Expression and function of transient receptor potential ankyrin 1 ion channels in the caudal nucleus of the solitary tract

Lin Feng, Victor V. Uteshev, Louis S. Premkumar

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The nucleus of the solitary tract (NTS) receives visceral information via the solitary tract (ST) that comprises the sensory components of the cranial nerves VII, IX and X. The Transient Receptor Potential Ankyrin 1 (TRPA1) ion channels are non-selective cation channels that are expressed primarily in pain-related sensory neurons and nerve fibers. Thus, TRPA1 expressed in the primary sensory afferents may modulate the function of second order NTS neurons. This hypothesis was tested and confirmed in the present study using acute brainstem slices and caudal NTS neurons by RT-PCR, immunostaining and patch-clamp electrophysiology. The expression of TRPA1 was detected in presynaptic locations, but not the somata of caudal NTS neurons that did not express TRPA1 mRNA or proteins. Moreover, caudal NTS neurons did not show somatodendritic responsiveness to TRPA1 agonists, while TRPA1 immunostaining was detected only in the afferent fibers. Electrophysiological recordings detected activation of presynaptic TRPA1 in glutamatergic terminals synapsing on caudal NTS neurons evidenced by the enhanced glutamatergic synaptic neurotransmission in the presence of TRPA1 agonists. The requirement of TRPA1 for modulation of spontaneous synaptic activity was confirmed using TRPA1 knockout mice where TRPA1 agonists failed to alter synaptic efficacy. Thus, this study provides the first evidence of the TRPA1-dependent modulation of the primary afferent inputs to the caudal NTS. These results suggest that the second order caudal NTS neurons act as a TRPA1-dependent interface for visceral noxious-innocuous integration at the level of the caudal brainstem.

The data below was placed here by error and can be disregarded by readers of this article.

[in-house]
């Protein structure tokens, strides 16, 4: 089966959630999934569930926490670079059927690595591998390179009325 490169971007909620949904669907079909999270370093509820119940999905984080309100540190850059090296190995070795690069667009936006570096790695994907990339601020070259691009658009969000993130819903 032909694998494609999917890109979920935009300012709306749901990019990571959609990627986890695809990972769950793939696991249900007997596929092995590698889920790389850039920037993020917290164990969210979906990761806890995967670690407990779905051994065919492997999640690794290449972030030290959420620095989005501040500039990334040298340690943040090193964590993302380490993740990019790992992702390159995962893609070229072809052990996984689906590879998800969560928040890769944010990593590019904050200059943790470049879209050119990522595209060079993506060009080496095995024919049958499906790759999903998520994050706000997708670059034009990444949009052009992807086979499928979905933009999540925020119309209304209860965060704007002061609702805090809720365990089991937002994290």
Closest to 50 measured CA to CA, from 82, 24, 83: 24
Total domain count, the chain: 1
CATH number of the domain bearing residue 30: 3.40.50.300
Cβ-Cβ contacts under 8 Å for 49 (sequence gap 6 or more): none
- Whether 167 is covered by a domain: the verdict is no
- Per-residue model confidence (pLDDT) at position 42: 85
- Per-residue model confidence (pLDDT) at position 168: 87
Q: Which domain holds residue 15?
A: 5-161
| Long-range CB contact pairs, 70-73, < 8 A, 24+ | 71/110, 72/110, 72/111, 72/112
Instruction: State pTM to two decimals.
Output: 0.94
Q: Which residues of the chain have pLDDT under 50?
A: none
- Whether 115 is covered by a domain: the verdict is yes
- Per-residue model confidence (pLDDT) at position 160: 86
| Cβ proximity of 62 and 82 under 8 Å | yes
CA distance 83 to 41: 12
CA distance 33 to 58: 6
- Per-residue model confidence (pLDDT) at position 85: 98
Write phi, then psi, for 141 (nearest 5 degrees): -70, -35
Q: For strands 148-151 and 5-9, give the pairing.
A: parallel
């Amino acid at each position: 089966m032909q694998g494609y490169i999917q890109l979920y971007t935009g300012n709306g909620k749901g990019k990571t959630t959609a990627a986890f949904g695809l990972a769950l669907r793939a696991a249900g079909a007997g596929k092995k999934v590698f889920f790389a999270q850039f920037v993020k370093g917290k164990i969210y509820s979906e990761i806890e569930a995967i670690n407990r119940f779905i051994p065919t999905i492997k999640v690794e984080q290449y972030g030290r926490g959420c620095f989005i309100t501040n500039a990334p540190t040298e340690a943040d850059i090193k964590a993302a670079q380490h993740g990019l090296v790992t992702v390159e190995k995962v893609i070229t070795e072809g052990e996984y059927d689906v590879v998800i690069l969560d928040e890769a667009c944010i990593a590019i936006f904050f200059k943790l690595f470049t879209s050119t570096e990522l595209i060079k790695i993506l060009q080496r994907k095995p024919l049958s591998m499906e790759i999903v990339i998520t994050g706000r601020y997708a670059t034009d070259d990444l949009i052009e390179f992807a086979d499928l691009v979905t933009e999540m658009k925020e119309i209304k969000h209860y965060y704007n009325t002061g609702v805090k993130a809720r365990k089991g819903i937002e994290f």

Original languageEnglish
Article number2065
JournalInternational journal of molecular sciences
Issue number9
StatePublished - 1 May 2019


  • Ion channel
  • Nucleus tractus solitarius (NTS)
  • Synaptic transmission
  • Transient receptor potential ankyrin 1 (TRPA1)


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